I was chatting with an acquaintance the other day, who knowing how
fanatical keen I am on small houses, told me that he and his wife are planning on building a tiny house. Not small — tiny. One of the houses that fit snugly into the Tiny House Movement, at under 120 square feet.
Currently they are renting a nice condo in Vancouver. The tiny house (on wheels) would sit on his in-law’s property out in the Fraser Valley, and would serve as their quarters as they help her parents renovate their home. If the home is then sold, they would just roll the home onto some recreational property, or onto a corner of the subdivided property. Or they might just decide to move out there and stay.
It’s the perfect solution to their current dilemma, although presently they are not planning to live full-time in the home.
But others do.
Dee Williams has lived for 10 years in just 84 square feet. It’s an accomplishment, to be sure, one worthy of having a book written about her experience.
Time has become her most valued and abundant possession. “I have time to notice my natural environment and take a breath through the seasons, to puzzle over the way that nature is throwing itself at me and the community. I live in one of the most beautiful places on the planet. If you’re working all the time, sitting inside, you miss a lot of it. I feel lucky and blessed that I’ve been able to pay attention to it.”
Tiny houses come in a surprising variety of designs. This couple has a luxuriant 240 square feet in a space no wider than 8 1/2 feet and no taller than 13 1/2 feet.
What makes tiny houses so liveable?
The blog Tiny House Talk has some suggestions to get the most spaciousness (if not space) in your tiny home.
Some of them are fairly apparent, such as combining your living room and your bedroom to avoid partitioning already small areas even further. But some I would never think of, like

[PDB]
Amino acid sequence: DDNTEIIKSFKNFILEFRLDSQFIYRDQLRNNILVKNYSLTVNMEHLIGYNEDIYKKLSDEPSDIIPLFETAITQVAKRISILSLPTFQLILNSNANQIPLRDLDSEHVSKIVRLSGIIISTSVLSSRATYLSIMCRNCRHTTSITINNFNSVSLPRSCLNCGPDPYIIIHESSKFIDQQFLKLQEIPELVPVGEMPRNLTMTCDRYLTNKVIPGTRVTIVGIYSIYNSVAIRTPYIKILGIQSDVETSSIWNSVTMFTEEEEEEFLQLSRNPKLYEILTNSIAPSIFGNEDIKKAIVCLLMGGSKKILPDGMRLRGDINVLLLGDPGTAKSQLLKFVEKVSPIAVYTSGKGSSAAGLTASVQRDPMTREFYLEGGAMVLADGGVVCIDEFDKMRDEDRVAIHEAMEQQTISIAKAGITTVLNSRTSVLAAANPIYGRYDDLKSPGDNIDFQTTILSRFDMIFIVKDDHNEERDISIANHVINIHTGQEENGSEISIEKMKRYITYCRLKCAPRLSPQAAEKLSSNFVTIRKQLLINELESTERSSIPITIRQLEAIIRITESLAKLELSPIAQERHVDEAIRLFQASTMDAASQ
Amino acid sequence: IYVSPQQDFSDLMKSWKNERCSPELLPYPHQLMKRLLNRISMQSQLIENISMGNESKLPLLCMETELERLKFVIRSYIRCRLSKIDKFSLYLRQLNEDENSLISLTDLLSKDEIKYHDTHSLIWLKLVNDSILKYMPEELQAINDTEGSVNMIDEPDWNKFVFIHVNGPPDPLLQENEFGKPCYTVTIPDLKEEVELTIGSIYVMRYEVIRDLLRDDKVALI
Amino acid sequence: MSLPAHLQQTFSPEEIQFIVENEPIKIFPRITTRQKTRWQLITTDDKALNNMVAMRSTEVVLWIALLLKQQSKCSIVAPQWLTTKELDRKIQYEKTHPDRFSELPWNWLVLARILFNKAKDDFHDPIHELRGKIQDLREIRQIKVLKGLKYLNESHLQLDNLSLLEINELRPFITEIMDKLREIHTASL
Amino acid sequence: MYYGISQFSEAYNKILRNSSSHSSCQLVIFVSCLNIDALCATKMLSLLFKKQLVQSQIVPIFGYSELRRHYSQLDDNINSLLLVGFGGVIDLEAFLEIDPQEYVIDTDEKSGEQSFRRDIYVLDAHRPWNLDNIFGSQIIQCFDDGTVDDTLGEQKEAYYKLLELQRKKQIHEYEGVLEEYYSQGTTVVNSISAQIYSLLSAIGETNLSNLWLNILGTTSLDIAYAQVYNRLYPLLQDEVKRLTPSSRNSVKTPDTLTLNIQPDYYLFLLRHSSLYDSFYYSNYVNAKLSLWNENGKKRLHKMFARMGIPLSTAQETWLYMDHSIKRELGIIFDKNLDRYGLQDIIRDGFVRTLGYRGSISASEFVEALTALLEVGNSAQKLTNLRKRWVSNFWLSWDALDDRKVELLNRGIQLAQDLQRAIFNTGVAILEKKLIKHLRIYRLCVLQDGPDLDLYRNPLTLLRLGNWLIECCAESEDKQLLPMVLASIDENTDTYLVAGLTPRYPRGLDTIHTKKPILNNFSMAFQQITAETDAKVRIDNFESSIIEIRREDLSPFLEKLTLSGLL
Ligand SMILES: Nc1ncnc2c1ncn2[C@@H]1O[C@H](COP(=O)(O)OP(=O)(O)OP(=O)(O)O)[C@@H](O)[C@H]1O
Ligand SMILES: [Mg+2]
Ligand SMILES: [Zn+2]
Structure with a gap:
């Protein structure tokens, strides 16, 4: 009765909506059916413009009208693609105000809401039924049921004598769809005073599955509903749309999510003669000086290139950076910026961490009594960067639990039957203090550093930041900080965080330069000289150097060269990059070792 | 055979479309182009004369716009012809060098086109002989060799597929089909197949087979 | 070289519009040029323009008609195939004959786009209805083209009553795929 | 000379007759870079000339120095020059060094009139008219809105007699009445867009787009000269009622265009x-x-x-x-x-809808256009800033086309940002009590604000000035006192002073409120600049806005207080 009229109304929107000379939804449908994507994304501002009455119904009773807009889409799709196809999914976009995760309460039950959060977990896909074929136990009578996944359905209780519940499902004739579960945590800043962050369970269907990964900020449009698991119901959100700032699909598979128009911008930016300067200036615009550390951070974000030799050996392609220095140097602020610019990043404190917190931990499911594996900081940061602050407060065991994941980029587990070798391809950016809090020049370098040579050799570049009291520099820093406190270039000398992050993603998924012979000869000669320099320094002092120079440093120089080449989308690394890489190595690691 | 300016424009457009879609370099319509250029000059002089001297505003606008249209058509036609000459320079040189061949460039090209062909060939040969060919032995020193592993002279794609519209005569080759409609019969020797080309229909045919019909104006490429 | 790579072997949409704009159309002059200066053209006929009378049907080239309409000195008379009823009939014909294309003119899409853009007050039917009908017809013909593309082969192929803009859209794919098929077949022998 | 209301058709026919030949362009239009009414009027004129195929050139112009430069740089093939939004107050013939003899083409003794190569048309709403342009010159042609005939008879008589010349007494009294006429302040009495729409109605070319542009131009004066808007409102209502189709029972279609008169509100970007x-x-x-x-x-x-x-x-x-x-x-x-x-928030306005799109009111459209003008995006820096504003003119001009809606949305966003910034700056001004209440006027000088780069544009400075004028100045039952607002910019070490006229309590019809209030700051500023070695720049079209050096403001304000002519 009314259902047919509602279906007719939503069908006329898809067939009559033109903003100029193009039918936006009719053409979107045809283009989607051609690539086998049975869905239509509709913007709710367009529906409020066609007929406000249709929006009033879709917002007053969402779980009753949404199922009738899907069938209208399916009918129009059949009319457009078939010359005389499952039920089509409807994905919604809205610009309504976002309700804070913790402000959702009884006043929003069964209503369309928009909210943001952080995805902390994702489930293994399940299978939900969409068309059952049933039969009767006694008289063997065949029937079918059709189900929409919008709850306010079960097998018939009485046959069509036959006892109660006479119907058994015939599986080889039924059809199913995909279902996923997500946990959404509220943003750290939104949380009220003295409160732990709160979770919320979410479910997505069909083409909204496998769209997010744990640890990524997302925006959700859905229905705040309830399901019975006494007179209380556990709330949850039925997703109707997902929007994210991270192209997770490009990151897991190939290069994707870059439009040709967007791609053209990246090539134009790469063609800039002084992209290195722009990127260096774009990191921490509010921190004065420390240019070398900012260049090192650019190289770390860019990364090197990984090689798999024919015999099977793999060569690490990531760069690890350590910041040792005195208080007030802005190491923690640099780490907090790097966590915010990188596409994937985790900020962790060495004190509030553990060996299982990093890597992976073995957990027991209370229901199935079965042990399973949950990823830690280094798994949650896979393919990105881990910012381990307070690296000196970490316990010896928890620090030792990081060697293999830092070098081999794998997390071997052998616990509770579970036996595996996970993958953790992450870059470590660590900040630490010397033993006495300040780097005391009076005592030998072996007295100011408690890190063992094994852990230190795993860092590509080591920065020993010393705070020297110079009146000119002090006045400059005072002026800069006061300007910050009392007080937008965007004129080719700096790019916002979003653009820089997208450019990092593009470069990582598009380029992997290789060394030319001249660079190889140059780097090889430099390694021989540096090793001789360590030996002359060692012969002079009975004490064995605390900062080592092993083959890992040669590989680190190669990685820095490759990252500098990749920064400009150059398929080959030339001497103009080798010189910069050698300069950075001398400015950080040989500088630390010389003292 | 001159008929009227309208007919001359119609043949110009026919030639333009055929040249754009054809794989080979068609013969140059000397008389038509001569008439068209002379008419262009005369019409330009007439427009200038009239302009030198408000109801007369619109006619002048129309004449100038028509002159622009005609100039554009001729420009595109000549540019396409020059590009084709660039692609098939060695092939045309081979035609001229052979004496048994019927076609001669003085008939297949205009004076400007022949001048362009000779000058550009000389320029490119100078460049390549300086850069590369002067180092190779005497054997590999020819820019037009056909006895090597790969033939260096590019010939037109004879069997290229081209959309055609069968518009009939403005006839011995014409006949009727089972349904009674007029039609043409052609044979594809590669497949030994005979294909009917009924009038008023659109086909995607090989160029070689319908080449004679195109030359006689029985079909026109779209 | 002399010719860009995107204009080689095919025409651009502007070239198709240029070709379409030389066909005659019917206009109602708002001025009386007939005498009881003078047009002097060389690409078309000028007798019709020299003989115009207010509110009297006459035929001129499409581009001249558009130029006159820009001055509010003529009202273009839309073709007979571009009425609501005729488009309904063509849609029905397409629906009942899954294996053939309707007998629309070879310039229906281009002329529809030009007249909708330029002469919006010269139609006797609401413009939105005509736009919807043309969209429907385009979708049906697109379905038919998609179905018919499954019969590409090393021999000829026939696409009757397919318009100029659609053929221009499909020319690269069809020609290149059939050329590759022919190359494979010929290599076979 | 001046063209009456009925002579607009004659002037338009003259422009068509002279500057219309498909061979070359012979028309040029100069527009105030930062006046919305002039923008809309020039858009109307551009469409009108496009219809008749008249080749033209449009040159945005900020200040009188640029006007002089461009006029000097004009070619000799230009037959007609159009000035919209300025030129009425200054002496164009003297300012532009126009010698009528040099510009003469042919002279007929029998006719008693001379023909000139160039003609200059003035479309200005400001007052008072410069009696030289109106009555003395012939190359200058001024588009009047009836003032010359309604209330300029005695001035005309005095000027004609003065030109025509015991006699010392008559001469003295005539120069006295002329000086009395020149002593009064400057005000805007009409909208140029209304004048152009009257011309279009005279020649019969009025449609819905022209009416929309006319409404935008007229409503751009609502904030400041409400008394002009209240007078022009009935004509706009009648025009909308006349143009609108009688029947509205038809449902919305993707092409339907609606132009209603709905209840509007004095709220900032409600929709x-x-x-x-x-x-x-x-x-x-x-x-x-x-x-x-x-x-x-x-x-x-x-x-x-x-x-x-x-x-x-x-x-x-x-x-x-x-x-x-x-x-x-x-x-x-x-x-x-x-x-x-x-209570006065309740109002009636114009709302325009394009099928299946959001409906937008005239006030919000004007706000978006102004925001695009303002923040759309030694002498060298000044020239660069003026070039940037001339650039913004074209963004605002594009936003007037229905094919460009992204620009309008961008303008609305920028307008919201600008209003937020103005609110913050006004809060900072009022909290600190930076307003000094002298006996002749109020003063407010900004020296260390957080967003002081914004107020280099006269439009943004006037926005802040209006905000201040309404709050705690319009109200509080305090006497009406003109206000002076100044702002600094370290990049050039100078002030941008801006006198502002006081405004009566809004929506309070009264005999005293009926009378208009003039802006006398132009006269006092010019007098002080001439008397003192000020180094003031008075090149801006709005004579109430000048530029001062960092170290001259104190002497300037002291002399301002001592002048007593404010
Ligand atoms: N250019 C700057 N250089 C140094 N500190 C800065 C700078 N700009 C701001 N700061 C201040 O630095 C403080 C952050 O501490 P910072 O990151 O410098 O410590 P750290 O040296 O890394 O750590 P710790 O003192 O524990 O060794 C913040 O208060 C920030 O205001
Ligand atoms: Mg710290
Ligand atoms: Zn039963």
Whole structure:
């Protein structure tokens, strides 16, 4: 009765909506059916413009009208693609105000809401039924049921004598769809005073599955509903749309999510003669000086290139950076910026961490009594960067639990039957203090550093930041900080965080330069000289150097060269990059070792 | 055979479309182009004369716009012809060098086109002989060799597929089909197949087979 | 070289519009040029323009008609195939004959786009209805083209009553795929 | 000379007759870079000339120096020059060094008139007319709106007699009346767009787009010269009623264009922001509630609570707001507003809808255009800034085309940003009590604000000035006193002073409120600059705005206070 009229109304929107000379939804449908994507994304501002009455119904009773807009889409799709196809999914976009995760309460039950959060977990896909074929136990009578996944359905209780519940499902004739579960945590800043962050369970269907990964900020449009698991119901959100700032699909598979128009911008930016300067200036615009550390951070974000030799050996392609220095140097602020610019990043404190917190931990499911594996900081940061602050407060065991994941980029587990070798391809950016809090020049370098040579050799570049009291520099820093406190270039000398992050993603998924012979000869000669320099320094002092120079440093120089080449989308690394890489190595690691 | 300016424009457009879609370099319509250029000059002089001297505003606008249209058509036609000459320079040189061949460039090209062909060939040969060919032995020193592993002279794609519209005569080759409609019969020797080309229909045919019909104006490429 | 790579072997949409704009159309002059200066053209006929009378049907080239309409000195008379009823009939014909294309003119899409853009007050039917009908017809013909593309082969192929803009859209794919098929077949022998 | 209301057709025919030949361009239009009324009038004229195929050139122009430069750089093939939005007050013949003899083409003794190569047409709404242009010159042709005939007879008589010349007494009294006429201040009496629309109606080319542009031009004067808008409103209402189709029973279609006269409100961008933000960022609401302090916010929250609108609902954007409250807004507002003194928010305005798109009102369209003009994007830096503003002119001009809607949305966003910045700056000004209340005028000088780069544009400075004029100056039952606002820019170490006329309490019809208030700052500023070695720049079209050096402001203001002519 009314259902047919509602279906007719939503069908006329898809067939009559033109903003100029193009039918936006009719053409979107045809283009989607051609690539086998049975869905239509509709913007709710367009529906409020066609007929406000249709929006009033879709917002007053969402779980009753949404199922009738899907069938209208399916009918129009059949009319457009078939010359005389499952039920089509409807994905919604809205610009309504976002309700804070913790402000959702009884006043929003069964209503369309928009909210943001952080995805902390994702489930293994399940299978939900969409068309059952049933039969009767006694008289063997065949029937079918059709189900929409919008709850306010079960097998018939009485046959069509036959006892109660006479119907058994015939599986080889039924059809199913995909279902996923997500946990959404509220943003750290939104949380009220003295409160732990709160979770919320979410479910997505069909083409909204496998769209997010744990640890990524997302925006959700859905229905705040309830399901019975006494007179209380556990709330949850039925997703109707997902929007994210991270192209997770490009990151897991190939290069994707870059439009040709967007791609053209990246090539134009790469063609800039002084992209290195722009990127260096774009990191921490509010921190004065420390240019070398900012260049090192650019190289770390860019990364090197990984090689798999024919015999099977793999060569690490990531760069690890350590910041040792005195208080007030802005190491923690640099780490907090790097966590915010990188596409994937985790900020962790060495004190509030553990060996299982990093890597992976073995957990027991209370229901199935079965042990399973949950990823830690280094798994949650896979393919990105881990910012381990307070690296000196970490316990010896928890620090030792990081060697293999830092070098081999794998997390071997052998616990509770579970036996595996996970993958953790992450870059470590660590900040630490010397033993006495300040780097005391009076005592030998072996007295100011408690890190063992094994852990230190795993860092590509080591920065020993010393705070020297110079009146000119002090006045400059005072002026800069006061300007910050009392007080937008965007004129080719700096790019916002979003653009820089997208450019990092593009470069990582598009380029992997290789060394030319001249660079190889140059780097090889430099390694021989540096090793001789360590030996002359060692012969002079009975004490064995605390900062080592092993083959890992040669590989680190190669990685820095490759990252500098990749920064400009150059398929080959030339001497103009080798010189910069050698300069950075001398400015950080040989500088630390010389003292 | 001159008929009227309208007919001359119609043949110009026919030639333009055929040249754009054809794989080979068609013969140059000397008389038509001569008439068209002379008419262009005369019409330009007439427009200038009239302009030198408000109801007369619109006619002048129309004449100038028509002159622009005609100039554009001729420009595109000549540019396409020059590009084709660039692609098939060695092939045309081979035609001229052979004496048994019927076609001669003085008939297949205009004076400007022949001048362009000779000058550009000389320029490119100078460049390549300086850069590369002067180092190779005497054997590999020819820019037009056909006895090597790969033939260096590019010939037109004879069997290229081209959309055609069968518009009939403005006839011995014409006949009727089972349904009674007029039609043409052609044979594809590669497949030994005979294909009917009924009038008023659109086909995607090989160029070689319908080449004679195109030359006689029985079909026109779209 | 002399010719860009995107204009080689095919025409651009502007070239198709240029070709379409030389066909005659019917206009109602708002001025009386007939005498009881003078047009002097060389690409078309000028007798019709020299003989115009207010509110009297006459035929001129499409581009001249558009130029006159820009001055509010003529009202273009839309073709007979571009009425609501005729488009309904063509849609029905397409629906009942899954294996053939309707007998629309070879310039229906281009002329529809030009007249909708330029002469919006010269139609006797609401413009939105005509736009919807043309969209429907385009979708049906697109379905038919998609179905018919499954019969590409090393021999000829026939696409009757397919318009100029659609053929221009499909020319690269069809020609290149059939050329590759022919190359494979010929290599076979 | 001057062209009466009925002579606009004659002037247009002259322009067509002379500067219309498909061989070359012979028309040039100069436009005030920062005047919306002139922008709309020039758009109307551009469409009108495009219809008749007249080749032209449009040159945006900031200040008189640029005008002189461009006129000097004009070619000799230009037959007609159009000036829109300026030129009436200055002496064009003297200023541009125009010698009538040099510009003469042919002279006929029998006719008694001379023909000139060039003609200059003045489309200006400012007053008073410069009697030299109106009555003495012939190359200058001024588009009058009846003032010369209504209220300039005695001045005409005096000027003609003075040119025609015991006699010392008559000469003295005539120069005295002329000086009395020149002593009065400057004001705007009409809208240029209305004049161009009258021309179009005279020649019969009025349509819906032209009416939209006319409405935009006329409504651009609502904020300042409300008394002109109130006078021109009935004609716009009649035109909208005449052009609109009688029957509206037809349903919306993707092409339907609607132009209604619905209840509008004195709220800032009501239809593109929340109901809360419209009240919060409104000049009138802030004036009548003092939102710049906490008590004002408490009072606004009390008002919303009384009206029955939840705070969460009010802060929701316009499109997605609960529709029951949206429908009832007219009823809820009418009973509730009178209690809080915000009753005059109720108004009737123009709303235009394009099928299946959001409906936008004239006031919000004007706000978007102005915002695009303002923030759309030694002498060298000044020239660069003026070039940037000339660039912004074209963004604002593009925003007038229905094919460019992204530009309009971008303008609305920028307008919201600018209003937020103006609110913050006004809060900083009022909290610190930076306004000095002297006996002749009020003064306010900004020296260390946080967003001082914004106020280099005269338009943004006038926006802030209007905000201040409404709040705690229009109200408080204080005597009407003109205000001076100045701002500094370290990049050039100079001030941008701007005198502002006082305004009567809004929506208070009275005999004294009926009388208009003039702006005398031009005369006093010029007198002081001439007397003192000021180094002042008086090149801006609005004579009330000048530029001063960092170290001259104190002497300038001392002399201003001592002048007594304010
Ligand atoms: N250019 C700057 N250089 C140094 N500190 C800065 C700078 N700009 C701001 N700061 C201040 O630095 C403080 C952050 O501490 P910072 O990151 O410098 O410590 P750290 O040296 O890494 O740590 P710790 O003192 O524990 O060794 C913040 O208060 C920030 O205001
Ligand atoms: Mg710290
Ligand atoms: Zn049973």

Keep the space uncluttered above waist height. Anything above waist height that projects into the living space will make the space feel that much smaller. That means kitchen base cabinets are not a problem, but upper cabinets might be. Limit cabinets, shelves, or anything else that intrudes into this space.
This one is a given
Use light colors to create a spacious feeling. Light colors make a space seem bigger, while dark colors make a space seem smaller. Choose white or light-colored finishes for the ceiling and walls. (The floor color is less important for this purpose).
In most of the tiny houses I have seen have seen the ceiling and walls are all the same light colour, so your eye travels from the walls up to the gabled roof without interruption.
And of course
Open up to the outdoors. In addition to windows, think of creative ways that doors or even whole sliding walls could allow you to open your house up. (Check out the Virginia Tech LumenHaus for one elegant example). With a porch, deck, and a whole landscape outside, your tiny space won’t feel at all claustrophobic.
I know that just having our deck outside the upper floor of our laneway makes the entire storey seem larger.
As the author at Tiny House Talk points out
There’s no doubt about it—downsizing and simplifying your life to fit in a tiny home is a very difficult thing to do. And you certainly will want some storage space, partitions, and so on. But beware of the “big house mentality” in which a room can be packed with cabinets, bookshelves, and furniture and still feel spacious. In a tiny house, it can’t. Restraint, and a little bit of good design, will go a long way towards making your small space feel plenty comfortable.
And as DH has pointed out several times, Good Design Trumps Space.